Derek Bell has won Le Mans a remarkable five times, four of those at the wheel of a Porsche. This year the 78 year-old Briton would have been starting the race as Grand Marshall, but instead finds himself at home in Florida, itching to return to his old hunting grounds.
Brand ambassador and LMP1 ace Mark Webber was a pivotal figure in the 919 Hybrid programme that culminated in three back-to-back victories for Porsche at Le Mans. After a successful career in Formula One, Webber brought an exceptional breadth of experience and commitment to Porsche’s fledgling prototype campaign, narrowly missing out on overall victory at Le Mans on two occasions.
Here, the two friends reminisce about the most challenging sportscar race on the international calendar, reflecting on both the pronounced differences and striking similarities in racing for Porsche in their respective eras.
Derek Bell: “I first went to Le Mans with Porsche in 1971. When we were testing over the weekend, they calculated that I was doing 396km/h down Mulsanne. I knew we were going quickly, but not that quickly, because I’d only ever felt that before on take-off at Heathrow. So that was my welcome to Porsche at Le Mans!”
Mark Webber: “The history of the brand is so prominent when you race there. Having Dr. Wolfgang Porsche in the garage was massive for me. Remembering the journey he’d been on and how much racing meant to the brand. Le Mans was always the Holy Grail and to have the opportunity to drive for Porsche there, with their tremendous record – you feel part of something. It’s funny though: Le Mans is actually the worst race Porsche could enter in terms of how they think, because stuff happens over 24 hours and they don’t like stuff happening. They just want the job done. But because they’re so organised and meticulous with their preparation on the cars, they still back themselves.”
Bell: “Which they’re right to do. I drove on and off for Porsche for 35 years and in all that time I think I had one thing break. It was a suspension part that failed at Spa and caused me to crash. This was six weeks before Le Mans and I had no idea what had happened. I had a terrible time emotionally, never having crashed before. I was 45 years-old by this point and wondering if I was over the hill. When we got to Le Mans over a month later, Norbert Singer told me they’d discovered it was this little suspension component. If only I’d known for all that time.”
Webber: “Porsche takes great pride in reliability and driver safety. As a driver you want confidence in the machinery, to know you’re working with the best materials. I had that in F1 of course, so moving to Porsche was a blessing.”
Bell: “Yes, you never heard Porsche say: “Oh no, that’s too expensive.” They were always looking to the future. At Ferrari, the mechanics cried if you won and cried if you lost. With Porsche, if you won, they grunted and if you didn’t win they grunted and went back to the drawing board. It was all about making sure the car worked and was safe. That was their job.”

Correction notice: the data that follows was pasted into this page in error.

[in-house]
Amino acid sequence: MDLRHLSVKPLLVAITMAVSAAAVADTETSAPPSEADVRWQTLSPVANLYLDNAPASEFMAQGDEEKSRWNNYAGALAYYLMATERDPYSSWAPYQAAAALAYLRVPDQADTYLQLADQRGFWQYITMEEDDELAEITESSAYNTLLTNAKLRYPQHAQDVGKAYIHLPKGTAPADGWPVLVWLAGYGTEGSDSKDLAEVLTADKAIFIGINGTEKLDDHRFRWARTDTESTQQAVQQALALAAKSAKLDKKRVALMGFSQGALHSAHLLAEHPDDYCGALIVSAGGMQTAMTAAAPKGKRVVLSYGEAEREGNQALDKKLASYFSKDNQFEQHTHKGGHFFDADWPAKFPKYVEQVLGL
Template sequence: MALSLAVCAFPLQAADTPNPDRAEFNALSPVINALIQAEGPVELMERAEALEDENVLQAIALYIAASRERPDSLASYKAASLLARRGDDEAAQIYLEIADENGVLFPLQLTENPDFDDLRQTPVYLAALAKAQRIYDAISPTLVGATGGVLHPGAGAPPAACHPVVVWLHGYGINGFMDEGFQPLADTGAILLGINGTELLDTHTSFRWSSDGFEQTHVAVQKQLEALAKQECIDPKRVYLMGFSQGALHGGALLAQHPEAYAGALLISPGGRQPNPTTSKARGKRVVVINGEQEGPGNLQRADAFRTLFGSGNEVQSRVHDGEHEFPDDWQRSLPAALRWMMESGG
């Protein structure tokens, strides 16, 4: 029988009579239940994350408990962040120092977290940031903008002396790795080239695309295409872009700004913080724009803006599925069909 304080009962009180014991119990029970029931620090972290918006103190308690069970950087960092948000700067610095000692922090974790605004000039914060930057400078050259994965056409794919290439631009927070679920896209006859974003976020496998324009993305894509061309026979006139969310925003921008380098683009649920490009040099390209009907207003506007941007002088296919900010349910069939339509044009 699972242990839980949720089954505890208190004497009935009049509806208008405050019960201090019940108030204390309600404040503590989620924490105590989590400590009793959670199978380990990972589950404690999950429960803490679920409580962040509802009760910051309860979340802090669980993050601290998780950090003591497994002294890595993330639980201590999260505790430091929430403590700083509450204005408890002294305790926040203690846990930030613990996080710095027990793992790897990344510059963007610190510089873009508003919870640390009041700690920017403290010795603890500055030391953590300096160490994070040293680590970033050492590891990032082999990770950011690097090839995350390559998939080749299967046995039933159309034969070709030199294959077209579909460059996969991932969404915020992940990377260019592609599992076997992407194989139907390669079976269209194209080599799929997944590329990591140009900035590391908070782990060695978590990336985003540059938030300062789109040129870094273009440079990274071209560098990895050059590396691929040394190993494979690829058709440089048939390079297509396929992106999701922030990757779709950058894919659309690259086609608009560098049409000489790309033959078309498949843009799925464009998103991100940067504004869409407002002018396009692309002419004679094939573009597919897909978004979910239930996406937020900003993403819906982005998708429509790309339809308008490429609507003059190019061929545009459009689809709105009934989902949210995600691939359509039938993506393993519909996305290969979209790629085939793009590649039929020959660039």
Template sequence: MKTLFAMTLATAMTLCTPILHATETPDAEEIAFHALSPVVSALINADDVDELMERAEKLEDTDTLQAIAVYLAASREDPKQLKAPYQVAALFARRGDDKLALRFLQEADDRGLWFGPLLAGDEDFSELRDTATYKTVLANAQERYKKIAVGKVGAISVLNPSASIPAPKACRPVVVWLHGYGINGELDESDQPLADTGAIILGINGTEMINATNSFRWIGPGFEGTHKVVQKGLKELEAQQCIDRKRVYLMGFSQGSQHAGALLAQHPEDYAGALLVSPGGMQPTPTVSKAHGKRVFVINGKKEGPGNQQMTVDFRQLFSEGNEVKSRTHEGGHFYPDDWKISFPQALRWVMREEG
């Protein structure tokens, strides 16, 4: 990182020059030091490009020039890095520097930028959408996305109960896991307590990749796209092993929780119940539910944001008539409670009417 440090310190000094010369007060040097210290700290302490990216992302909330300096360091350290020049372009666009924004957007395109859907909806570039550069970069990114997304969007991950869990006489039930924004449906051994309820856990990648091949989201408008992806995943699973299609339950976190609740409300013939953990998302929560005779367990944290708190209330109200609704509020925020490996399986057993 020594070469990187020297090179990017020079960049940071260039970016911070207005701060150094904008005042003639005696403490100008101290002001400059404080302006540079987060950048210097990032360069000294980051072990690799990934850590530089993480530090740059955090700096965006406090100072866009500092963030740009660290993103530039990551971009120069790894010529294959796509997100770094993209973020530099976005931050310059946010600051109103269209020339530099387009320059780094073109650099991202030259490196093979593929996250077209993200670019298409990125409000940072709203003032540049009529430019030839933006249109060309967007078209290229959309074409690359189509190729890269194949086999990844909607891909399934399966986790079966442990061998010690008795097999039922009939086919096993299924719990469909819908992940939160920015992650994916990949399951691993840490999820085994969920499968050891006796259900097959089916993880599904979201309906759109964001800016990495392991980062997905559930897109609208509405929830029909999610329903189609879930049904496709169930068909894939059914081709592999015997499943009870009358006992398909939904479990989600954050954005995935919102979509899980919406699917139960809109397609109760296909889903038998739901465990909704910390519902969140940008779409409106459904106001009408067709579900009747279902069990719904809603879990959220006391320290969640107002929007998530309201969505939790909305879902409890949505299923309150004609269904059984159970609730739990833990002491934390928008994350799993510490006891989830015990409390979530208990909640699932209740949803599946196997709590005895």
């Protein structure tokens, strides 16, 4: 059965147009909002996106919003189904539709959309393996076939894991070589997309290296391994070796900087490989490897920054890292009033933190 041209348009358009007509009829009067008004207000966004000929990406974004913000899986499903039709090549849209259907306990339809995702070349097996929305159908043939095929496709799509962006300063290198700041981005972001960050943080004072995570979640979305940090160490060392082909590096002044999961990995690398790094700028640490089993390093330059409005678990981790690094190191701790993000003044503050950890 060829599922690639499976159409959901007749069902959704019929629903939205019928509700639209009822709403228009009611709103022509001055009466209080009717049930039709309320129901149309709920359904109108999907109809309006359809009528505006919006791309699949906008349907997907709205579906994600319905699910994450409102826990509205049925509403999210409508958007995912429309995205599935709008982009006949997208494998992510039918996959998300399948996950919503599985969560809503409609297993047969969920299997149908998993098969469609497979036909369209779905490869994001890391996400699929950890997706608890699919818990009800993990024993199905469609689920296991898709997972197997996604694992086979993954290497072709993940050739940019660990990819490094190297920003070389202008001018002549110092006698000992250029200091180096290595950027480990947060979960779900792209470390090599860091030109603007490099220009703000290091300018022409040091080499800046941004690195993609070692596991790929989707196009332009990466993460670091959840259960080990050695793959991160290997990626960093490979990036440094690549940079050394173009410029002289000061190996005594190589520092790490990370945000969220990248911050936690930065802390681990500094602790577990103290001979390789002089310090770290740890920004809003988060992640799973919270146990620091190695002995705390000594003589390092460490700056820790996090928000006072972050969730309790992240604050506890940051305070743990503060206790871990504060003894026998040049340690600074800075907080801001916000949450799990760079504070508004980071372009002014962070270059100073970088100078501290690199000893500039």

Webber: “I remember in 2016 we had a big lead – 60 seconds or so – and Timo Bernhard woke me up to tell me the water pump had gone. That car was so, so good and our team boss Andreas Seidl’s face was ashen. They’d never seen it fail once in all the thousands of kilometres of testing they’d done. So you do get those tough moments at Le Mans, and you do get emotional seeing what the mechanics and other drivers are going through.”
Bell: “It was similar for Jacky (Ickx) and me. There were only two of us driving the cars in those days and generally speaking we’d do 12 hours each, sometimes four hours at a time at night. I got out of the car one year when we’d won and literally just collapsed. The last words I heard were “This man needs help!” as I passed out.”
Webber: “You must have been incredibly strong to hang on to those cars for so long. You had no power assistance on steering or brakes. And the belts and seating position were pretty average. You had a lot of compromises to deal with.”
Bell: “Well you’ve driven the 917 now too, so you know. It was so light that you could drive it for days without getting worn out. All you had to contend with was understeer and oversteer. Whereas later on with the 956 we had incredible downforce at play. You guys never seemed as knackered when you got out. Maybe it is things like power steering – I never raced with that – but you are all much fitter.”
Webber: “We were pretty fresh, you’re right. Mentally tired maybe. I just struggled with how tight the 919 was as I’m quite tall and my left leg used to go to sleep because I was braking with my right foot too. But it was an astonishing car. I have so many good memories from that time.”
Bell: “Absolutely. I think my fondest memory of Le Mans was winning in the 936 in 1981. The new CEO Peter Schutz wanted Porsche back on top at Le Mans but they didn’t have a car. The story goes that the engine developed for Indy Car was just lying around so they put it in the 936, which was four years-old by then. I didn’t even sit in that car until we went out for first practice, but we got pole position, led every lap and won the race. That for me was the most memorable because it was a comeback of sorts and I’m so grateful to Porsche for giving me that opportunity.”
Webber: “The one that comes to mind most often for me is strange because I wasn’t actually racing. It was 2017 and I was Grand Marshall and the car that won was driven by Timo, Brendon Hartley and Earl Bamber, who’d just replaced me. My old seat was still in that car! They came from nowhere to win that race and it was my job to hand them the trophy. But it wasn’t a difficult moment for me. Those were the best hugs I’ve ever had. I get goose bumps even now. They were my mates and they wanted me to stay on the podium like a fourth driver. That was definitely my Le Mans highlight. Our bond was extraordinary.”